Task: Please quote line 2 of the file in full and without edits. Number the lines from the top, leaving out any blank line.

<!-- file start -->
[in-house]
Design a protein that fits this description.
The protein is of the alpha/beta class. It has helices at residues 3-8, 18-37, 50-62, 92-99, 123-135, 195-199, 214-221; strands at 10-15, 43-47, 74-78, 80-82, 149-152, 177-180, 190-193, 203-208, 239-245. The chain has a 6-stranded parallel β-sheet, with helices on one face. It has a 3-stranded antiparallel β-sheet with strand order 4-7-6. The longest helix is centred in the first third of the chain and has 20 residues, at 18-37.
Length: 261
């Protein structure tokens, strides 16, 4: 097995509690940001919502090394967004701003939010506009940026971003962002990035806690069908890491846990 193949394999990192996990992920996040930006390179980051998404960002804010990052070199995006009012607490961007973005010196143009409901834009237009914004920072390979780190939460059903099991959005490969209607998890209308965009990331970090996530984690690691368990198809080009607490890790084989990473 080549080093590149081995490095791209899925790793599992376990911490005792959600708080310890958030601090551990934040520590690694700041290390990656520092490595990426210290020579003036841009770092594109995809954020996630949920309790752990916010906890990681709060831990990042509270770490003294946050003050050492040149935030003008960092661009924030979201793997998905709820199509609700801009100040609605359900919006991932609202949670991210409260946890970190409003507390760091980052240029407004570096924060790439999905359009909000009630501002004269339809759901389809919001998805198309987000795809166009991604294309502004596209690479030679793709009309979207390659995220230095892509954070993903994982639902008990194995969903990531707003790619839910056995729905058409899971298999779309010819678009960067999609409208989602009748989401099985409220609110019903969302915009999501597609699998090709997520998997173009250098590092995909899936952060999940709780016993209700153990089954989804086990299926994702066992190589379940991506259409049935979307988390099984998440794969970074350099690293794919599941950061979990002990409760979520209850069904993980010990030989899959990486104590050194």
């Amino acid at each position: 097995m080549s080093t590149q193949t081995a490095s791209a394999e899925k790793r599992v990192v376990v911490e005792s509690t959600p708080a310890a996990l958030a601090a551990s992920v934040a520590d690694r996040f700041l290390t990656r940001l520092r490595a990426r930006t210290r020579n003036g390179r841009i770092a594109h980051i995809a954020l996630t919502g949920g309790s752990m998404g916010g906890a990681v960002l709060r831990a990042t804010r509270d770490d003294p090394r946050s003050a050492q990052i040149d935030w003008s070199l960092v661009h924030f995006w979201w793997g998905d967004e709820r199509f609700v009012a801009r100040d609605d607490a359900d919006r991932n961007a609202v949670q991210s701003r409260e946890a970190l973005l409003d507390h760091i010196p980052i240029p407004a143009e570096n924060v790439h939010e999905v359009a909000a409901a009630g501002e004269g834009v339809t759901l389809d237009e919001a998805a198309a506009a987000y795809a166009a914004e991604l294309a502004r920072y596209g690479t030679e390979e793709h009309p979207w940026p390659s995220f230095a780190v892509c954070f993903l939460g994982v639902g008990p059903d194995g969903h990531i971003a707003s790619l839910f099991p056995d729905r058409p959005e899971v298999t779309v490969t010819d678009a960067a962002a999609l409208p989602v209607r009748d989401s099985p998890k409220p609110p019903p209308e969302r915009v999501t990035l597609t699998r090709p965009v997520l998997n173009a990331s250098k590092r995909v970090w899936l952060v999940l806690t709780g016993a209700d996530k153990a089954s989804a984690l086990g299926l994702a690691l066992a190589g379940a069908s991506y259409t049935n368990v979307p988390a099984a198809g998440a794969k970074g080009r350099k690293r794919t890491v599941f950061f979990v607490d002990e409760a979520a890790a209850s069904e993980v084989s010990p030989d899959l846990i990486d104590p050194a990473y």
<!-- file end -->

Design a protein that fits this description.